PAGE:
After extensive comment, litigation and review, the SEC BI standards were approved in June 2019 and are expected to become effective June 30, 2020. The DOL is expected to re-propose their fiduciary rulemaking, though the timing is uncertain. And at the state level, New Jersey, New York, Connecticut and other states have introduced state-based fiduciary standards for advisors and brokers operating in their respective jurisdictions.

The regulatory environment around fiduciary standards remains unclear heading in 2020. However, the SEC BI standard- if enacted-while considered less strict than the DOL Conflict of Interest Rule, would strengthen protections versus older fiduciary standards.

4. How will the SECURE Act affect the retirement industry?

After months of remaining in limbo in the Senate, the U.S. Congress passed the Setting Every Community Up for Retirement Enhancement (SECURE) Act in December 2019. While it may not significantly impact the overall retirement savings crisis in the U.S., the SECURE Act is considered the most significant pension legislation passed since the 2006 Pension Protection Act (PPA). The SECURE Act provisions include: increasing the age for Required Minimum Distributions (RMDs) from 70 ½ to 72; easing IRA contribution restrictions; expanding automatic enrollment and facilitating lifetime income disclosures and product offerings such as annuities. Perhaps the biggest impact is to ease regulations and increase incentives for employers to join together to create open Multiple Employer Plans (MEPs) and to expand retirement plan participation to part-time workers.

5. Will Exchange Traded Funds (ETFs) continue their rapid growth?

While ETF assets remain a relatively small fraction of the total of passive index funds and actively managed funds, there has continued to be an explosion in ETFs. ETFs have been a preferred vehicle for investment advisors to rebalance their clients’ portfolios.

While ETF expense ratios are competitive with mutual fund index funds, there are differences between the two, including hidden ETF costs associated with bid-ask spreads and ETF premiums and discounts from net asset values.

Market trends suggest continued growth and demand for ETFs by investors and advisors in 2019 and 2020, despite some leveling off in 2018. The chart below shows U.S. ETF assets at $3.4 trillion at the end of 2018, an annualized growth rate of nearly 16% over a 10-year period.

Source: Investment Company Institute, 2019 Investment Company Factbook.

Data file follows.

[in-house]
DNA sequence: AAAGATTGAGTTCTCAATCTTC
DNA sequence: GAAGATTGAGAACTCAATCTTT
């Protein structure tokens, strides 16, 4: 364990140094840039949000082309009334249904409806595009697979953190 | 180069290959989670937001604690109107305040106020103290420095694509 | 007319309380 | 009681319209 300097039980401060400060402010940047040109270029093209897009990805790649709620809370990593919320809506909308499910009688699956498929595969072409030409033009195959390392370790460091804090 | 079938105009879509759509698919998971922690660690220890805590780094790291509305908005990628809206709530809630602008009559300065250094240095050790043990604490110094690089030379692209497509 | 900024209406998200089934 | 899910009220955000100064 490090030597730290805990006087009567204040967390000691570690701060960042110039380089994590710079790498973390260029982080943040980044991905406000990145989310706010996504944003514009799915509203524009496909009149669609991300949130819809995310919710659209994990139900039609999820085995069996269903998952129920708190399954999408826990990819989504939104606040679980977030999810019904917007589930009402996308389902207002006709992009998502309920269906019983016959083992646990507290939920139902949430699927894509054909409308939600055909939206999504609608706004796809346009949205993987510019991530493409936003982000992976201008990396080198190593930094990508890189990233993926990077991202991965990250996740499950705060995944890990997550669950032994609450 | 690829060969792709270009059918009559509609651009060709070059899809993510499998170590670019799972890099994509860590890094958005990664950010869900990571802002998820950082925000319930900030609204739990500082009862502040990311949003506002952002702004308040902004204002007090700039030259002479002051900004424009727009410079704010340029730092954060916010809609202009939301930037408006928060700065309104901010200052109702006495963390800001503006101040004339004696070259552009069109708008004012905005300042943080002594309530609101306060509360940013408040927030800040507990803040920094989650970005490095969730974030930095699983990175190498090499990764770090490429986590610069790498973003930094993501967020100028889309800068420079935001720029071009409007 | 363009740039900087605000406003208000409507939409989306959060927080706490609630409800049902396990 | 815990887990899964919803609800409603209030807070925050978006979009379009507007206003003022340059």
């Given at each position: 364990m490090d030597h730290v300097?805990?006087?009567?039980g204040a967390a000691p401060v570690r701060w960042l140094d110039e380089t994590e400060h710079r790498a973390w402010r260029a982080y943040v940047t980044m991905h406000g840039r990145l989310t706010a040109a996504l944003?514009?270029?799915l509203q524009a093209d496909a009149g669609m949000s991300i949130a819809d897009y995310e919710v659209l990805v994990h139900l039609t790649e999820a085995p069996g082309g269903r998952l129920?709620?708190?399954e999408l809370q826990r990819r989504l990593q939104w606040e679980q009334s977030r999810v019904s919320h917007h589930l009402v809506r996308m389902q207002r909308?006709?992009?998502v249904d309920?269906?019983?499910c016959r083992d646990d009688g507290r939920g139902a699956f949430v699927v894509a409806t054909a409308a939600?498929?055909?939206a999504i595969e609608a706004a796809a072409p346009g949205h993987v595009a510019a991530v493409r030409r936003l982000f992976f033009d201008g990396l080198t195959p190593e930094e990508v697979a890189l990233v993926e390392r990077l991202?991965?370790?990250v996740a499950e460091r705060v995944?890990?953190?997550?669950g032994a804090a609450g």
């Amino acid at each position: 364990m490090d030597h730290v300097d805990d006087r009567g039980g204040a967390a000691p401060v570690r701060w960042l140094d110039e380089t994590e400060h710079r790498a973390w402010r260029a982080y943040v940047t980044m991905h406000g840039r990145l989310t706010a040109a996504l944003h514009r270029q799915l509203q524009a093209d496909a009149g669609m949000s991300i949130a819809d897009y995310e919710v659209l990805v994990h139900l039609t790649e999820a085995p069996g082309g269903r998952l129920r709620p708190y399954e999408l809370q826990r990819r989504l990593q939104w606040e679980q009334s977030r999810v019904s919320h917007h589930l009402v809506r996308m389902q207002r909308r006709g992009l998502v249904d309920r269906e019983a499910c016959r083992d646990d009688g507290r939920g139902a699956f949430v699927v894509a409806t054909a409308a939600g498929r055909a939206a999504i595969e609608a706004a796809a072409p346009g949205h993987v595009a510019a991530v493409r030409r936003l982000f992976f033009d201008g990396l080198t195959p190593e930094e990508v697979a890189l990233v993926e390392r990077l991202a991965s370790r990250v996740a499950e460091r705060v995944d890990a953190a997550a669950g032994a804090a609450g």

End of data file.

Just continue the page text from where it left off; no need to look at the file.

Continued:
1. Adam Bergman, “Impact On Self-Directed IRAs of SEC Fiduciary Rule Proposals”, Forbes, April 20, 2018.

NOTE: Information presented herein is for discussion and illustrative purposes only and is not a recommendation or an offer or solicitation to buy or sell any securities. Past performance is not a guarantee of future results.  This blog contains several forward-looking statements.  As with any projection or forecast, forward-looking statements are inherently susceptible to uncertainty and changes in circumstances. Actual results may vary materially from those expressed herein.

About the Author

Frederic Slade

Frederic Slade is Assistant Vice President and Senior Director, Investments at Pentegra Retirement Services. He joined Pentegra in May 2007 as a Senior Analyst in the Investment Department and became Director-Investments in January 2013. He is responsible for managing over $1 billion in internal bond portfolios and providing asset/liability studies, analytics and product strategy for Pentegra’s Defined Benefit and Defined Contribution Plans. Mr. Slade is also a frequent contributor of economic and financial market blogs to Pentegra’s Talk to a Specialist website and the financial media. Prior to joining Pentegra, Mr. Slade was a Senior Quantitative Analyst at Citigroup Asset Management, providing asset allocation and quantitative stock screening for mutual fund products. Prior to Mr. Slade’s tenure at Citigroup, he was an Investment Manager at NYNEX Asset Management (now Verizon). At Verizon, Mr. Slade was responsible for asset allocation and planning for its $15 billion Defined Benefit pension fund. Mr. Slade holds a Ph.D. in Economics from the University of Pennsylvania and a CFA, and is a frequent presenter at industry seminars and conferences.